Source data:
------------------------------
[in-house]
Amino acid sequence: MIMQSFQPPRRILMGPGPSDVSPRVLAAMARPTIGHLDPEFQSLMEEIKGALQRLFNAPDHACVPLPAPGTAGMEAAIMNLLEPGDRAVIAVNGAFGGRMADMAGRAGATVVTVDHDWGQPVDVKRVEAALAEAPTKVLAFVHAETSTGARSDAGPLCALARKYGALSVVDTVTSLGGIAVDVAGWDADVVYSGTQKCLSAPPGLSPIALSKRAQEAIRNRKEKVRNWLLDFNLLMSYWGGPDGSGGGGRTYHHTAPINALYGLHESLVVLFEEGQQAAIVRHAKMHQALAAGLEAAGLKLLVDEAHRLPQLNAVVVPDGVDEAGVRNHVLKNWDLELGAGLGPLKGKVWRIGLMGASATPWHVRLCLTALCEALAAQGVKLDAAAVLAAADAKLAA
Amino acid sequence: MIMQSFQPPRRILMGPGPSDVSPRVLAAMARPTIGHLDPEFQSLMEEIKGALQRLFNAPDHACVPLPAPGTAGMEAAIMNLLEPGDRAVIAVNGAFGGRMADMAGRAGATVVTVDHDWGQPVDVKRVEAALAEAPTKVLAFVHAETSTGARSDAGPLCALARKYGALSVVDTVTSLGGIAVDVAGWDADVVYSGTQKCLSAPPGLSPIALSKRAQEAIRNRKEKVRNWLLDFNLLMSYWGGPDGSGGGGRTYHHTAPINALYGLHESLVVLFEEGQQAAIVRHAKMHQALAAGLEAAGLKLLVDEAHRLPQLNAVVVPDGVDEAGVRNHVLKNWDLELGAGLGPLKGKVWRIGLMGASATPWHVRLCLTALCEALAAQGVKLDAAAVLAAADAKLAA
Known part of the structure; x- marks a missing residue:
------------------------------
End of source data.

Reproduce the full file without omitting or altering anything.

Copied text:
[in-house]
Amino acid sequence: MIMQSFQPPRRILMGPGPSDVSPRVLAAMARPTIGHLDPEFQSLMEEIKGALQRLFNAPDHACVPLPAPGTAGMEAAIMNLLEPGDRAVIAVNGAFGGRMADMAGRAGATVVTVDHDWGQPVDVKRVEAALAEAPTKVLAFVHAETSTGARSDAGPLCALARKYGALSVVDTVTSLGGIAVDVAGWDADVVYSGTQKCLSAPPGLSPIALSKRAQEAIRNRKEKVRNWLLDFNLLMSYWGGPDGSGGGGRTYHHTAPINALYGLHESLVVLFEEGQQAAIVRHAKMHQALAAGLEAAGLKLLVDEAHRLPQLNAVVVPDGVDEAGVRNHVLKNWDLELGAGLGPLKGKVWRIGLMGASATPWHVRLCLTALCEALAAQGVKLDAAAVLAAADAKLAA
Amino acid sequence: MIMQSFQPPRRILMGPGPSDVSPRVLAAMARPTIGHLDPEFQSLMEEIKGALQRLFNAPDHACVPLPAPGTAGMEAAIMNLLEPGDRAVIAVNGAFGGRMADMAGRAGATVVTVDHDWGQPVDVKRVEAALAEAPTKVLAFVHAETSTGARSDAGPLCALARKYGALSVVDTVTSLGGIAVDVAGWDADVVYSGTQKCLSAPPGLSPIALSKRAQEAIRNRKEKVRNWLLDFNLLMSYWGGPDGSGGGGRTYHHTAPINALYGLHESLVVLFEEGQQAAIVRHAKMHQALAAGLEAAGLKLLVDEAHRLPQLNAVVVPDGVDEAGVRNHVLKNWDLELGAGLGPLKGKVWRIGLMGASATPWHVRLCLTALCEALAAQGVKLDAAAVLAAADAKLAA
Known part of the structure; x- marks a missing residue: